No Pain, No Gain, No Brain
The statement “no pain, no gain” has been hanging around the strength and conditioning world for longer than I have been alive. While I certainly understand and appreciate the importance of hard efforts and great work ethic, I would like to resurrect another classic term that is not as common among the training community…”know when to say when.”
I have stated before that a training program must include joint mobility training, strength training, conditioning, and flexibility training. The amount of time devoted to each component depends on the trainee and the situation. I tend to be of the mindset when it comes to strength training that, in most situations, a little less is usually a lot more. Deliver just enough stimulus to produce the desired response.
Here are a few rules of thumb:
1. If you have pain with a particular movement, have a qualified coach troubleshoot your technique. The problem could may be in the execution of the exercise and not the exercise itself.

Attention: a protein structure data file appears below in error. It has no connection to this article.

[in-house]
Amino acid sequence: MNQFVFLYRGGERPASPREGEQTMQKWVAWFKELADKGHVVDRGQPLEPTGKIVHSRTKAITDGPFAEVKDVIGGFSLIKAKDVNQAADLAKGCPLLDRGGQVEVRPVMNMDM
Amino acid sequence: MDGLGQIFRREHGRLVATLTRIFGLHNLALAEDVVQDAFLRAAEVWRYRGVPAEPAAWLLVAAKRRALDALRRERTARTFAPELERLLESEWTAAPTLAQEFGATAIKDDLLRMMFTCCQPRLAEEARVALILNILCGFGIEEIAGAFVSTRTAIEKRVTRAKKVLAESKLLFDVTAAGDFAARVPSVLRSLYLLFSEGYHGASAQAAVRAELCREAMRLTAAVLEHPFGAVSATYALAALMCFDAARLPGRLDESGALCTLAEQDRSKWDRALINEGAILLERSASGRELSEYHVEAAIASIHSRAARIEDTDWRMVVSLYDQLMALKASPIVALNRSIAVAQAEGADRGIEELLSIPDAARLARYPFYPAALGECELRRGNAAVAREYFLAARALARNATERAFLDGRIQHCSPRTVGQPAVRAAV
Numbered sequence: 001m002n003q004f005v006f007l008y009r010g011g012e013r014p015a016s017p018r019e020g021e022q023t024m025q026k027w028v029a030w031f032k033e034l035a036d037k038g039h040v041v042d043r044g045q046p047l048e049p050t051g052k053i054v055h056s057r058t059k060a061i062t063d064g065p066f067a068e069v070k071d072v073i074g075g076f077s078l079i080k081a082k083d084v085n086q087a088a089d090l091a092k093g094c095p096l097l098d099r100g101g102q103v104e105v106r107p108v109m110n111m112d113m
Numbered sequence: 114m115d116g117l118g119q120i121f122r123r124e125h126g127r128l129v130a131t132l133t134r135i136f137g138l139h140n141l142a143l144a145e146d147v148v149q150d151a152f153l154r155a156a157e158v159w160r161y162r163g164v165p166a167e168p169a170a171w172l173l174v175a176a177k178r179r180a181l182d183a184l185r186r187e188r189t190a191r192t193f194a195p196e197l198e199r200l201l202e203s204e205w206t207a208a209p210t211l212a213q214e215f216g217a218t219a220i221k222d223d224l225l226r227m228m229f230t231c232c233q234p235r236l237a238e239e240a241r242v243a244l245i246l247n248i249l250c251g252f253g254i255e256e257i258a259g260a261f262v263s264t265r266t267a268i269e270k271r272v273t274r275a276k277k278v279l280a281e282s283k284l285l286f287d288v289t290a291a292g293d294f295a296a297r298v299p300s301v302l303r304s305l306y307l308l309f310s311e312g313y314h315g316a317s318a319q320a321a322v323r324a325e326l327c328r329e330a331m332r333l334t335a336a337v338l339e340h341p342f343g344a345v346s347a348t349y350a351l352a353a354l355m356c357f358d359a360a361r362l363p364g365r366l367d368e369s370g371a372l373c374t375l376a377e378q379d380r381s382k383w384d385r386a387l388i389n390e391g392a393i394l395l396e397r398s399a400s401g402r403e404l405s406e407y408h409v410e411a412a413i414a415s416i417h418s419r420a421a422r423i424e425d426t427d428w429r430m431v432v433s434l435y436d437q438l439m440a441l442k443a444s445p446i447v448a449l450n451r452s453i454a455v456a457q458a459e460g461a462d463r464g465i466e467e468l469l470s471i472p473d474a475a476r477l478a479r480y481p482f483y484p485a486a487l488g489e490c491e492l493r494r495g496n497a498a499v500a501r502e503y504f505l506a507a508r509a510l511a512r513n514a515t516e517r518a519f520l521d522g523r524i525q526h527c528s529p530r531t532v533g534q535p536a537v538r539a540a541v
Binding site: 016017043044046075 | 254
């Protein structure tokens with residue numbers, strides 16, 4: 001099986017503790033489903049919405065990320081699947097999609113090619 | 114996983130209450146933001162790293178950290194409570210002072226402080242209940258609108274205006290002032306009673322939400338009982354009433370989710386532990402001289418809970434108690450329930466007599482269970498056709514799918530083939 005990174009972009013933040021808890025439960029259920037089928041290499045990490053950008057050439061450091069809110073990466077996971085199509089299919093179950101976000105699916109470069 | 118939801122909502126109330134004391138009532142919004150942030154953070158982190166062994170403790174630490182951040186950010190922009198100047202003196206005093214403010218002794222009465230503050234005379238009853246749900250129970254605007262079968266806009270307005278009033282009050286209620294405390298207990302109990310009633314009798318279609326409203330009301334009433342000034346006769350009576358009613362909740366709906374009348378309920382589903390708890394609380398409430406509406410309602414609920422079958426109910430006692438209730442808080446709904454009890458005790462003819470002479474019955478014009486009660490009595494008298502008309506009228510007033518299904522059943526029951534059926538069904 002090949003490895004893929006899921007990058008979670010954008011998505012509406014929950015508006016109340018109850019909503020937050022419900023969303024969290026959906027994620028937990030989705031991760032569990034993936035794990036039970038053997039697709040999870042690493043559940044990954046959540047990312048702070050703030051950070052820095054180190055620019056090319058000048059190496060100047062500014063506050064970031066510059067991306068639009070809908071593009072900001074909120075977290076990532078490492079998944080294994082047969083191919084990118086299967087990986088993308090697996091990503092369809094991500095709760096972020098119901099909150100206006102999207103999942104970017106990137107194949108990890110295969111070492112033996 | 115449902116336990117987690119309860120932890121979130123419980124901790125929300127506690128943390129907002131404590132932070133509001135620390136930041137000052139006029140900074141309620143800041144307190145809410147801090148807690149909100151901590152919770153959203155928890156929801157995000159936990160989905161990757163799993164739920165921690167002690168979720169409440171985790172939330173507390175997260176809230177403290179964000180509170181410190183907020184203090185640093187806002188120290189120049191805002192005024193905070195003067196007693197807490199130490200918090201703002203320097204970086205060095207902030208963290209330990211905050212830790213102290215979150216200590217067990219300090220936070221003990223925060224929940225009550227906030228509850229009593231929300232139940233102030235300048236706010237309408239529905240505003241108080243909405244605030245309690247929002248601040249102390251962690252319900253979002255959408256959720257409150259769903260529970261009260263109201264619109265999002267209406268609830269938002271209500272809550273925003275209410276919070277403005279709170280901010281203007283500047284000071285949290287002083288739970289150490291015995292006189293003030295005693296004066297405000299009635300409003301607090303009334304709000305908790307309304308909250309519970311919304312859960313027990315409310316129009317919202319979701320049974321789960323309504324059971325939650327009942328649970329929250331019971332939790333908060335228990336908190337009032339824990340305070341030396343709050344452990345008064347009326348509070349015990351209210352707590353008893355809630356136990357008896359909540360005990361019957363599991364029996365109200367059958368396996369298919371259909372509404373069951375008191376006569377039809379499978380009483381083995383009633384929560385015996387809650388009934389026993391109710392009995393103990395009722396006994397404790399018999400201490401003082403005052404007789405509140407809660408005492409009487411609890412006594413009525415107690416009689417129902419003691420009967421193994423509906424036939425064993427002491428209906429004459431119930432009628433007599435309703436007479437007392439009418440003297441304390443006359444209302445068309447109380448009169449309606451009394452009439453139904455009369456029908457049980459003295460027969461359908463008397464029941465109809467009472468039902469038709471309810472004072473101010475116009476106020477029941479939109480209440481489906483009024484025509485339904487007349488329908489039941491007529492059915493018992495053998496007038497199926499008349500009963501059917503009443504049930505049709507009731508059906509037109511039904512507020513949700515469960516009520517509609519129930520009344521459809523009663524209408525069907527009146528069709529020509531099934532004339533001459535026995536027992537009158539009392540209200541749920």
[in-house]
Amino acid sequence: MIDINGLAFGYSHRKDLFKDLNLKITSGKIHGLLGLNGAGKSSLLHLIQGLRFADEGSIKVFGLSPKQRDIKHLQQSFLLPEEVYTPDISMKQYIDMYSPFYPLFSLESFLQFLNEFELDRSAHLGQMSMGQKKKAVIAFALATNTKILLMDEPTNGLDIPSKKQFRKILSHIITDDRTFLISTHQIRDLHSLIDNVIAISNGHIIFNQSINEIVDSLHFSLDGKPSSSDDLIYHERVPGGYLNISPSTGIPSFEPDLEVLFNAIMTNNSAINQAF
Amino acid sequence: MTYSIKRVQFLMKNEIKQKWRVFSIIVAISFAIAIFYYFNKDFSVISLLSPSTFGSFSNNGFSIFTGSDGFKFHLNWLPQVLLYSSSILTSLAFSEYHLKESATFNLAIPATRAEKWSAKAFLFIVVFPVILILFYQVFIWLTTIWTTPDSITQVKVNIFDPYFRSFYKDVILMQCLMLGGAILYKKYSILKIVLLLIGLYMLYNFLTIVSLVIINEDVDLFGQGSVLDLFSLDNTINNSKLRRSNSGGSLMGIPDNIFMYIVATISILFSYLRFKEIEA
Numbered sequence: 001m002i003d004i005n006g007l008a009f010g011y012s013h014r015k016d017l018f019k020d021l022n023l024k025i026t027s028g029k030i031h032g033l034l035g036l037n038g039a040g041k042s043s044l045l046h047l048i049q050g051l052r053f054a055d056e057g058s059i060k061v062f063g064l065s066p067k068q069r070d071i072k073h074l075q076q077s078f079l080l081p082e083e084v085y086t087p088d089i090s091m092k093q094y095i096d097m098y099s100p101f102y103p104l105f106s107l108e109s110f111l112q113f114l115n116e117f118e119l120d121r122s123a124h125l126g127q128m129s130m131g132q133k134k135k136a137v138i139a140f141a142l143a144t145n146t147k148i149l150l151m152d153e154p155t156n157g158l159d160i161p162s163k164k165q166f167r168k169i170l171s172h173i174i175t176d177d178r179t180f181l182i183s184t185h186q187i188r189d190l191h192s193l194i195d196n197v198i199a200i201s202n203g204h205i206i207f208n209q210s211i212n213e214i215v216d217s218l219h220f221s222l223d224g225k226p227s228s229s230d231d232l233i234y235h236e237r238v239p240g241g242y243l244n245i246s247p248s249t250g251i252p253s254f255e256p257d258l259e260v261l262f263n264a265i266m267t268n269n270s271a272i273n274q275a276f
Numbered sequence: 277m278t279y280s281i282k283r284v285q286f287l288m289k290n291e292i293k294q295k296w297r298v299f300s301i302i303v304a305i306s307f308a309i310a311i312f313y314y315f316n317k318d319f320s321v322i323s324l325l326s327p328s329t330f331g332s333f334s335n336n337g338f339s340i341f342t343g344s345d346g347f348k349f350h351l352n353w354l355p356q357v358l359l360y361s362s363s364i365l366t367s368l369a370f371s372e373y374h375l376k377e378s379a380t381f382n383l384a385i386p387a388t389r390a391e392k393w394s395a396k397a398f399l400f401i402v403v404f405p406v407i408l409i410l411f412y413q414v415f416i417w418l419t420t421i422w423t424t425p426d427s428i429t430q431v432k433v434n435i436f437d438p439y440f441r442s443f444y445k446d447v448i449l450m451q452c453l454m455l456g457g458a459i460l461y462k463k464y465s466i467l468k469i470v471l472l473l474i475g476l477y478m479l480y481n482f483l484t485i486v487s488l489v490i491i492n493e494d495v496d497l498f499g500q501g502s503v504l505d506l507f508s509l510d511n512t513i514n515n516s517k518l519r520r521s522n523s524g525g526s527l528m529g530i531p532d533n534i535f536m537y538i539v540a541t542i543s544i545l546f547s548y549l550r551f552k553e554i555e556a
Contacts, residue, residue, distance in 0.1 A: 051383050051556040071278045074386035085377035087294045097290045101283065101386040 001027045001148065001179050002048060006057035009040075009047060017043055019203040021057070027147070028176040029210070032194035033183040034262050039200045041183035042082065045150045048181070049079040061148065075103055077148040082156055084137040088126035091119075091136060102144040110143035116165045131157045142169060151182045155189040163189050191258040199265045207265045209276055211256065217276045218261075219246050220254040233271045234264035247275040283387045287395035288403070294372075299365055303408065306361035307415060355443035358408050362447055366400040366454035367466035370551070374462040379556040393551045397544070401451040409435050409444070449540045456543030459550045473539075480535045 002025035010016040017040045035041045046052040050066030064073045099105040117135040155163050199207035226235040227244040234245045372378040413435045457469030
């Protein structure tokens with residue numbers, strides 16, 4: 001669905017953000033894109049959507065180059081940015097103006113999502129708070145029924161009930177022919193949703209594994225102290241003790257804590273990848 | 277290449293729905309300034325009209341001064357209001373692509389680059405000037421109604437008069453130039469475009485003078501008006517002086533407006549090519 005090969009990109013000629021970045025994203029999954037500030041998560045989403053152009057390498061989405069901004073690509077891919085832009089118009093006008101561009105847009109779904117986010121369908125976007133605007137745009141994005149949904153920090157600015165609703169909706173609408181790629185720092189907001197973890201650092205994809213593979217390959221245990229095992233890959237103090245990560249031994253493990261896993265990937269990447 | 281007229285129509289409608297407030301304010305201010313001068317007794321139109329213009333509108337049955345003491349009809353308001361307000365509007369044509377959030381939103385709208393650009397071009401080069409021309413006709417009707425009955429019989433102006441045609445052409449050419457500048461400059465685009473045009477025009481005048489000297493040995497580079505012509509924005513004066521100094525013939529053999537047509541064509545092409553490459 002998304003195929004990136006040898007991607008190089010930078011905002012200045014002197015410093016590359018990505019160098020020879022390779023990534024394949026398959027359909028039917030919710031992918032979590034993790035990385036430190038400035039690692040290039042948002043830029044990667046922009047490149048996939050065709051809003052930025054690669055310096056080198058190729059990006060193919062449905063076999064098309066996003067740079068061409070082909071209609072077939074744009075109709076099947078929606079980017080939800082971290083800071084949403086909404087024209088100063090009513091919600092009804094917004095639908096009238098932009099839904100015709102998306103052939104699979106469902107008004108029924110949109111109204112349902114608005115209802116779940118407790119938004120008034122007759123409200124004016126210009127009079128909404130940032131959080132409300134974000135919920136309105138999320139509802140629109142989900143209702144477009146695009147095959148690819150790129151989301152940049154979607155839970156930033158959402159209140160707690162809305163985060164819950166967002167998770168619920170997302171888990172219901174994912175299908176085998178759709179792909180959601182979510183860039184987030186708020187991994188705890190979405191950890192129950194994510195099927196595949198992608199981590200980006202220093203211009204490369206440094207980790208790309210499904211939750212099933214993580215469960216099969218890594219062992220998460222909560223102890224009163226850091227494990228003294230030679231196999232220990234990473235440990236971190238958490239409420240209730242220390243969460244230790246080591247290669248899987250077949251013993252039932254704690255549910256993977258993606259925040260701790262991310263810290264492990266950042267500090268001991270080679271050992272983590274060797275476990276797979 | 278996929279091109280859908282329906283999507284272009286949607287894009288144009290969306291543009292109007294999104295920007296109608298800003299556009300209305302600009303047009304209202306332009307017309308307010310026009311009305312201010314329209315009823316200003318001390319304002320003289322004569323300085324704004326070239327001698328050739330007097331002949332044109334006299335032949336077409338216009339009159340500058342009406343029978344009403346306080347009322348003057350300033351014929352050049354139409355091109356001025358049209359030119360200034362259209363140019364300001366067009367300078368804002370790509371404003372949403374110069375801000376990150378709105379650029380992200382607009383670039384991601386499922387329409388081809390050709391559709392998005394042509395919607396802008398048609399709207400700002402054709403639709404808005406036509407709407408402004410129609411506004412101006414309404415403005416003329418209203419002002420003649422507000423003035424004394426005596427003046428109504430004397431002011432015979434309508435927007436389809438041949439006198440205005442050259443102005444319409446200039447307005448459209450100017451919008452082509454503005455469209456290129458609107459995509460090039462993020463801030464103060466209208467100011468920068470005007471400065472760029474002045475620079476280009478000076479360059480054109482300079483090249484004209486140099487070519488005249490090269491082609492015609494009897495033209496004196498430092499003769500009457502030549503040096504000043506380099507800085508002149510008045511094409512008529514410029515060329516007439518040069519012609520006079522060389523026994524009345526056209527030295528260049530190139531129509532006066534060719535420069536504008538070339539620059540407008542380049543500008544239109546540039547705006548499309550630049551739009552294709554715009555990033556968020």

2. Devote adequate amounts of your total training time to joint mobility work, flexibility training and tissue work (or foam rolling and lacrosse ball self massage if you have financial restrictions like me). Please remember that a foam cylinder or ball will never be as good as human hands.
3. Sleep more than eight hours per night. I know this one is not training related per se, but adequate sleep is important for recovery from training.
4. Take fish oil daily. It decreases total body inflammation and supports joint health, cardiovascular health and has also been shown to lower triglycerides and raise HDL’s (the good cholesterol).
5. DO NOT WORK THROUGH PAIN. It is your body’s way of telling you that something is not right. No pain, no gain does not make you tough… it makes you foolish. Know when to say when.
Work hard and work smart.
Posted on February 12, 2010, in strength training, Uncategorized and tagged cardiovascular health, conditioning, exercise, fish oil, flexibility training, HDL's, joint health, joint mobility, recovery, strength and conditioning, strength training, tissue work, triglycerides. Bookmark the permalink. 1 Comment.